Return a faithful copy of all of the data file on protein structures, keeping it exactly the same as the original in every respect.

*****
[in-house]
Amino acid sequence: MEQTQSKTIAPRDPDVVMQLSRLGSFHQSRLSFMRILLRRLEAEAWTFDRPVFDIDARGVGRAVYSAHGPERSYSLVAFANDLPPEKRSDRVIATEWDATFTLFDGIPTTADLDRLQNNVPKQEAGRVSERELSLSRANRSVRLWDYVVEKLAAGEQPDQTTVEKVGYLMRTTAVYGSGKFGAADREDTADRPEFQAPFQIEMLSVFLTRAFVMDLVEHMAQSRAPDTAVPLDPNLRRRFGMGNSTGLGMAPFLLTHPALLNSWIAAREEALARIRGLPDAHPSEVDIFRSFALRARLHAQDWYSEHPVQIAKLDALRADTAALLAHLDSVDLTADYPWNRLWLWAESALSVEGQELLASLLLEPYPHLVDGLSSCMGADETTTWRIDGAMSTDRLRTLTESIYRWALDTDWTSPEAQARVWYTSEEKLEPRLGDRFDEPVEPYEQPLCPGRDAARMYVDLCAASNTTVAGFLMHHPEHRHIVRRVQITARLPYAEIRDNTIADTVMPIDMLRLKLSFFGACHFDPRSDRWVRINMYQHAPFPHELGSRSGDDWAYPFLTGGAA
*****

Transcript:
[in-house]
Amino acid sequence: MEQTQSKTIAPRDPDVVMQLSRLGSFHQSRLSFMRILLRRLEAEAWTFDRPVFDIDARGVGRAVYSAHGPERSYSLVAFANDLPPEKRSDRVIATEWDATFTLFDGIPTTADLDRLQNNVPKQEAGRVSERELSLSRANRSVRLWDYVVEKLAAGEQPDQTTVEKVGYLMRTTAVYGSGKFGAADREDTADRPEFQAPFQIEMLSVFLTRAFVMDLVEHMAQSRAPDTAVPLDPNLRRRFGMGNSTGLGMAPFLLTHPALLNSWIAAREEALARIRGLPDAHPSEVDIFRSFALRARLHAQDWYSEHPVQIAKLDALRADTAALLAHLDSVDLTADYPWNRLWLWAESALSVEGQELLASLLLEPYPHLVDGLSSCMGADETTTWRIDGAMSTDRLRTLTESIYRWALDTDWTSPEAQARVWYTSEEKLEPRLGDRFDEPVEPYEQPLCPGRDAARMYVDLCAASNTTVAGFLMHHPEHRHIVRRVQITARLPYAEIRDNTIADTVMPIDMLRLKLSFFGACHFDPRSDRWVRINMYQHAPFPHELGSRSGDDWAYPFLTGGAA